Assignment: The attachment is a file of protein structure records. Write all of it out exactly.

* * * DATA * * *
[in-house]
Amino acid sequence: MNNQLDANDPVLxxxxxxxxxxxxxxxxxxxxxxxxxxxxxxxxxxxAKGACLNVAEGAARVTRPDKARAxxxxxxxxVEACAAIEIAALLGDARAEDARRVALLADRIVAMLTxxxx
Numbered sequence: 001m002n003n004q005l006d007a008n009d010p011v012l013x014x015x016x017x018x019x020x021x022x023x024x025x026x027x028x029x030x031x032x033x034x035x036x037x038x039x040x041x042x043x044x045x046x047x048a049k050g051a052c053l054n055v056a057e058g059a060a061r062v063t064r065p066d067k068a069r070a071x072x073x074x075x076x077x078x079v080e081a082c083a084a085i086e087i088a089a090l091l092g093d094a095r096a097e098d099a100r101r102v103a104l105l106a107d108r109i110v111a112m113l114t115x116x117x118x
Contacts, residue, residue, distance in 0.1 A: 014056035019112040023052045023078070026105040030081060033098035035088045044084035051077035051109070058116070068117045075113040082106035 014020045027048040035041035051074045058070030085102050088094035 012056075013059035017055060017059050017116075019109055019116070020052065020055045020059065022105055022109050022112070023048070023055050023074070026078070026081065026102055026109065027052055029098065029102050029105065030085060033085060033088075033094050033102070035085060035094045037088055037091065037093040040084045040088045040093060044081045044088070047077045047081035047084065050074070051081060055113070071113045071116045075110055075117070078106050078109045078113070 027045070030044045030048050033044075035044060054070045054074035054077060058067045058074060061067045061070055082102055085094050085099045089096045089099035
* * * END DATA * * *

[in-house]
Amino acid sequence: MNNQLDANDPVLxxxxxxxxxxxxxxxxxxxxxxxxxxxxxxxxxxxAKGACLNVAEGAARVTRPDKARAxxxxxxxxVEACAAIEIAALLGDARAEDARRVALLADRIVAMLTxxxx
Numbered sequence: 001m002n003n004q005l006d007a008n009d010p011v012l013x014x015x016x017x018x019x020x021x022x023x024x025x026x027x028x029x030x031x032x033x034x035x036x037x038x039x040x041x042x043x044x045x046x047x048a049k050g051a052c053l054n055v056a057e058g059a060a061r062v063t064r065p066d067k068a069r070a071x072x073x074x075x076x077x078x079v080e081a082c083a084a085i086e087i088a089a090l091l092g093d094a095r096a097e098d099a100r101r102v103a104l105l106a107d108r109i110v111a112m113l114t115x116x117x118x
Contacts, residue, residue, distance in 0.1 A: 014056035019112040023052045023078070026105040030081060033098035035088045044084035051077035051109070058116070068117045075113040082106035 014020045027048040035041035051074045058070030085102050088094035 012056075013059035017055060017059050017116075019109055019116070020052065020055045020059065022105055022109050022112070023048070023055050023074070026078070026081065026102055026109065027052055029098065029102050029105065030085060033085060033088075033094050033102070035085060035094045037088055037091065037093040040084045040088045040093060044081045044088070047077045047081035047084065050074070051081060055113070071113045071116045075110055075117070078106050078109045078113070 027045070030044045030048050033044075035044060054070045054074035054077060058067045058074060061067045061070055082102055085094050085099045089096045089099035